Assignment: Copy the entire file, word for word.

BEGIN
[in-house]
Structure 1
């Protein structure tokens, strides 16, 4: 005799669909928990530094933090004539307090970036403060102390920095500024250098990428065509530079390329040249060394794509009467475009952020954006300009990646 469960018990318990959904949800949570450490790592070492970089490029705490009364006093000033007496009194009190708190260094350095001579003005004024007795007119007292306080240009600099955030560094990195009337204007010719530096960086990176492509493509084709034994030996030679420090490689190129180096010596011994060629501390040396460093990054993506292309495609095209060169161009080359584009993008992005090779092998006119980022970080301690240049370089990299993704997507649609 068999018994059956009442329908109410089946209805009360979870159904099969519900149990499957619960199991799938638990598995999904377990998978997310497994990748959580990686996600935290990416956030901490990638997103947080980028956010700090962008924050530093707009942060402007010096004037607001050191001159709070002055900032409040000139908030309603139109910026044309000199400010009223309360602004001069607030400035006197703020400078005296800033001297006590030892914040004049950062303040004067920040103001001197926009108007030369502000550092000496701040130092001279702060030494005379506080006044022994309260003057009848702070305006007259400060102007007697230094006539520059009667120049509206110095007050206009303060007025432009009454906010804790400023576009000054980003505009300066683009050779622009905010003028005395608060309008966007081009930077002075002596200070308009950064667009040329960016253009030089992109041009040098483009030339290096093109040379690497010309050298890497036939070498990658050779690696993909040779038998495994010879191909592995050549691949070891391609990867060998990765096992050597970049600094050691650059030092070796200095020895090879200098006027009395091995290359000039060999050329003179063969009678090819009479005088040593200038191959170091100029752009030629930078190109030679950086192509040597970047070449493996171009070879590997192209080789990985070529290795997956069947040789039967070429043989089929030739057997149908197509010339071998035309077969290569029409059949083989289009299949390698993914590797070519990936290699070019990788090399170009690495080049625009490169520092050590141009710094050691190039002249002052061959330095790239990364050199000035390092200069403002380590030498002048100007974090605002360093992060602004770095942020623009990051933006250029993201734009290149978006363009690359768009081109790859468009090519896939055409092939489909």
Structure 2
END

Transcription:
[in-house]
Structure 1
């Protein structure tokens, strides 16, 4: 005799669909928990530094933090004539307090970036403060102390920095500024250098990428065509530079390329040249060394794509009467475009952020954006300009990646 469960018990318990959904949800949570450490790592070492970089490029705490009364006093000033007496009194009190708190260094350095001579003005004024007795007119007292306080240009600099955030560094990195009337204007010719530096960086990176492509493509084709034994030996030679420090490689190129180096010596011994060629501390040396460093990054993506292309495609095209060169161009080359584009993008992005090779092998006119980022970080301690240049370089990299993704997507649609 068999018994059956009442329908109410089946209805009360979870159904099969519900149990499957619960199991799938638990598995999904377990998978997310497994990748959580990686996600935290990416956030901490990638997103947080980028956010700090962008924050530093707009942060402007010096004037607001050191001159709070002055900032409040000139908030309603139109910026044309000199400010009223309360602004001069607030400035006197703020400078005296800033001297006590030892914040004049950062303040004067920040103001001197926009108007030369502000550092000496701040130092001279702060030494005379506080006044022994309260003057009848702070305006007259400060102007007697230094006539520059009667120049509206110095007050206009303060007025432009009454906010804790400023576009000054980003505009300066683009050779622009905010003028005395608060309008966007081009930077002075002596200070308009950064667009040329960016253009030089992109041009040098483009030339290096093109040379690497010309050298890497036939070498990658050779690696993909040779038998495994010879191909592995050549691949070891391609990867060998990765096992050597970049600094050691650059030092070796200095020895090879200098006027009395091995290359000039060999050329003179063969009678090819009479005088040593200038191959170091100029752009030629930078190109030679950086192509040597970047070449493996171009070879590997192209080789990985070529290795997956069947040789039967070429043989089929030739057997149908197509010339071998035309077969290569029409059949083989289009299949390698993914590797070519990936290699070019990788090399170009690495080049625009490169520092050590141009710094050691190039002249002052061959330095790239990364050199000035390092200069403002380590030498002048100007974090605002360093992060602004770095942020623009990051933006250029993201734009290149978006363009690359768009081109790859468009090519896939055409092939489909």
Structure 2